|civ case 938 of 91
|Kinji Ltd & Another v Kogo & Another
|31 Mar 1992
|High Court at Mombasa
|Kinji Ltd & Another v Kogo & Another eKLR
|Corporation v Individual
|The information contained in the above segment is not part of the judicial opinion delivered by the Court. The metadata has been prepared by Kenya Law as a guide in understanding the subject of the judicial opinion. Kenya Law makes no warranties as to the comprehensiveness or accuracy of the information
REPUBLIC OF KENYA
Kinji Ltd & Another v Kogo & Another
High Court, at Mombasa March 31, 1992
Civil Case No. 938 of 1991
March 31, 1992, Omolo J delivered the following Ruling.
This application by way of notice of motion is brought to the Court Under Order XXXV Rules 1 and 2 of the Civil Procedure rules. When brought to the court it originally sought that judgment should be entered for the Plaintiffs against the Defendants jointly and severally, but, during its argument, Mr. Gikandi for the Plaintiffs abandoned the application as regards the 2nd Defendant, B.R. Patel. I accordingly dismiss the application against the 2nd Defendant, but as nothing was said before me on costs I make no orders on that issue.
That leaves the application as regards the 1st Defendant. The Plaintiff’s claim against the 1st Defendant is for Shs.542,552/= as money had and received by the 1st Defendant from the Plaintiffs without the 1st Defendant having provided any consideration for that sum. According to the plaint, the Plaintiffs were buying from the 1st Defendant a piece of Land known as L.R. NO. M.N./1/5800 which land belonged to the 1st Defendant. It appears that he 2nd Defendant was acting as an advocate for the 1st Defendant. The Plaintiffs then sent to the 2nd Defendant the sum of Shs.542,552/= claimed in the plaint “to be paid to the Commissioner of Lands subject to you obtaining receipt in favour of our clients, Kinji Ltd.” – See Exh. Y.D 2, attached to the supporting affidavit of Yusuf Datoo.It appears from the available material before me that the 2nd Defendant handed over the two cheques to the 1st Defendant did pay over the money to the Commissioner of Lands and obtained two receipts – see Exhibits B.P.R.3, attached to the replying affidavit of the 2nd Defendant. It appears it is being alleged that the two receipts were not fact obtained in the name of “Kinji Ltd.” as they purport to show on their face but that they were obtained in the name of the 1st Defendant who subsequently sold the plot to the third party. In the defefence filed by the 1st Defendant, the 1st Defendant averred that they have had no dealings with the Plaintiffs, that they did not receive any money from the Plaintiffs or the 2nd Defendant, that they never entered into any contract with the Plaintiffs and that if the 2nd Defendant received any money from the Plaintiffs, the 2nd Defendant did so on his account and not on the account of the 1st Defendant.These are substantial denials by the 1st Defendant and if they were all that the Court were to go by, I would have readily held that the 1st Defendant has raised substantial triable issues and that they should have the unconditional leave of the Court to defend the action. However, there is the replying affidavit, the 1st Defendant has taken a completely different turn from that in their defence. In that affidavit, it is alleged that he money received from the 2nd Defendant was refunded by the 1st Defendant to the 2nd Defendant, that for the refund the 2nd Defendant issued a cheque to the 1st Defendant as security and a copy of the cheque is attached to the affidavit (Exh. GV 1). That cheque is in the name, not of the 1st Defendant, but “Latex (EA) Ltd.” and it is for the sum of shs.500,000/=, not Shs.552/=. There is no attempt at all to explain the connection, if any, between the 1st Defendant and Latex (EA) Ltd and there is also no explanation as to why the cheque is for less amount than the sum claimed in the plaint.But even more important, the 1st Defendant originally denied any dealings at all between it and the Plaintiffs and they also denied that the 2nd Defendant had received any money on their behalf or that they had received any money from the 2nd Defendant. It the position taken in the defence is correct, then the 1st Defendant was duty bound to explain why they refunded the money to the 2nd Defendant. There is absolutely no attempt at such an explanation. I am satisfied that the 1st Defendant is obviously lying on these points. There would be no reason why the 2nd Defendant would issue a cheque if he received cash from the 1st Defendant, the natural thing for the 2nd Defendant to have done would be to issue a receipt. Counsel who appeared on behalf of the 1st Defendant found it hard to support the position taken by the 1st Defendant. I am certain she was right.I have no doubt that the 1st Defendant owes the Plaintiffs Shs.542,552/= as claimed in plaint, and that the 1st Defendant has no valid defence to the claim. I accordingly strike out the defence filed by the 1st Defendant, and now enter summary judgment fro the Plaintiffs against the 1st Defendant as prayed in the plaint. I award to the Plaintiffs the costs of the suit and of the notice of motion.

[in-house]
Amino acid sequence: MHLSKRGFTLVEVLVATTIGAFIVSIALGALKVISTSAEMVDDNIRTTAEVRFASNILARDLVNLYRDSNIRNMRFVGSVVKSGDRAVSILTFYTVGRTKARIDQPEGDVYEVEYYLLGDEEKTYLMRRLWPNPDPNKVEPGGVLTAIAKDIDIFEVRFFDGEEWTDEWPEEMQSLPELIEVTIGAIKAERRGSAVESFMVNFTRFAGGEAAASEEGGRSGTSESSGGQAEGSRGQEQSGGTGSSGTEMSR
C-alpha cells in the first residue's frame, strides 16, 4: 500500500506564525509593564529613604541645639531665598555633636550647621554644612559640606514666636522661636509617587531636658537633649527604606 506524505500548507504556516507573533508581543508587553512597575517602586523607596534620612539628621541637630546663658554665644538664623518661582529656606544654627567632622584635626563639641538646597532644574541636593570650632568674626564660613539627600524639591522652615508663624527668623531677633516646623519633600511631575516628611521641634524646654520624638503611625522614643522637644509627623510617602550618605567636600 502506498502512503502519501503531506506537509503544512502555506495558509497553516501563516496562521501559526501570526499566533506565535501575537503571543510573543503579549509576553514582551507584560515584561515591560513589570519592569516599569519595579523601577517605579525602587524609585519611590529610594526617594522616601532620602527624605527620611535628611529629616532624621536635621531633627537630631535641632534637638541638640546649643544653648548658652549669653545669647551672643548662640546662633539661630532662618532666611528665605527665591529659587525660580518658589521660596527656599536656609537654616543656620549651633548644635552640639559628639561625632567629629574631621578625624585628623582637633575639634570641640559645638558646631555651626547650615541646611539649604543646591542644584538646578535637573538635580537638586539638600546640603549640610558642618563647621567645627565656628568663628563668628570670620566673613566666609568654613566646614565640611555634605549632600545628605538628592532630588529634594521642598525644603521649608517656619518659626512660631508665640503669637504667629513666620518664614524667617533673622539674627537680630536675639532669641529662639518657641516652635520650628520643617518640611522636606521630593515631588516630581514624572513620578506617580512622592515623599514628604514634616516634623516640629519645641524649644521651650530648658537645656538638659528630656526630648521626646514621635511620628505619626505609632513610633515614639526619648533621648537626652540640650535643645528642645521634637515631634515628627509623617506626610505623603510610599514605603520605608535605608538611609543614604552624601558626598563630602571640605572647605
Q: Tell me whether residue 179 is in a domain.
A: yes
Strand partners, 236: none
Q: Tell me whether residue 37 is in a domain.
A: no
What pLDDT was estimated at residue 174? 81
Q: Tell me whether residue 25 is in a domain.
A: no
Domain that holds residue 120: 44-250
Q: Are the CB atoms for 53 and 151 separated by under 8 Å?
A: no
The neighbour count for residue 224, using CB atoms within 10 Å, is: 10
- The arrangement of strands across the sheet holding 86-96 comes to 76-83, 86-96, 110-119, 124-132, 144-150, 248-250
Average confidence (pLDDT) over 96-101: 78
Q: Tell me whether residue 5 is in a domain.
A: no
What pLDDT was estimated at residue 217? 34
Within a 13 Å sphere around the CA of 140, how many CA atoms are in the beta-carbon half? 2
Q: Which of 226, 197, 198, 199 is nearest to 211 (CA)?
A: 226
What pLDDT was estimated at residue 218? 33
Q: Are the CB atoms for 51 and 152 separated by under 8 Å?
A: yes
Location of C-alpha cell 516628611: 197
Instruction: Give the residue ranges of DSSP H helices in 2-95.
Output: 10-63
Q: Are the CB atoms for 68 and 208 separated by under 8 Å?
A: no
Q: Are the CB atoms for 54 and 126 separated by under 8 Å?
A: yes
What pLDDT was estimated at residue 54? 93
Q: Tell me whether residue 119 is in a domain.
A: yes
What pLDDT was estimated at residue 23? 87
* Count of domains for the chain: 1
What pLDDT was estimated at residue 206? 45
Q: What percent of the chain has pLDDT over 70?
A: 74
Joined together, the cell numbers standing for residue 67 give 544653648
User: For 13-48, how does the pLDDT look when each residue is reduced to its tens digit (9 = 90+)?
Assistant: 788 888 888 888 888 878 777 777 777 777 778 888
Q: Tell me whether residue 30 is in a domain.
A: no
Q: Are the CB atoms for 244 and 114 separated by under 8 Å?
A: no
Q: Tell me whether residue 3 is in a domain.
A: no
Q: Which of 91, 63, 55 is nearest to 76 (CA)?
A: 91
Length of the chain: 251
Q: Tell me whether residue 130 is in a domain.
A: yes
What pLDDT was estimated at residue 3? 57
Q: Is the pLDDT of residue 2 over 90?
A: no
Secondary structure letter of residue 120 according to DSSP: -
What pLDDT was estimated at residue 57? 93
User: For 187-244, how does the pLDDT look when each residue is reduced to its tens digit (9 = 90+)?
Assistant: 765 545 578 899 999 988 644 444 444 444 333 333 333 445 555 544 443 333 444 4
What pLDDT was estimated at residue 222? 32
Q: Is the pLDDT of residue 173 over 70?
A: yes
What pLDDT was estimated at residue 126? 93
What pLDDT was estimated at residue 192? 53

These shall be my orders.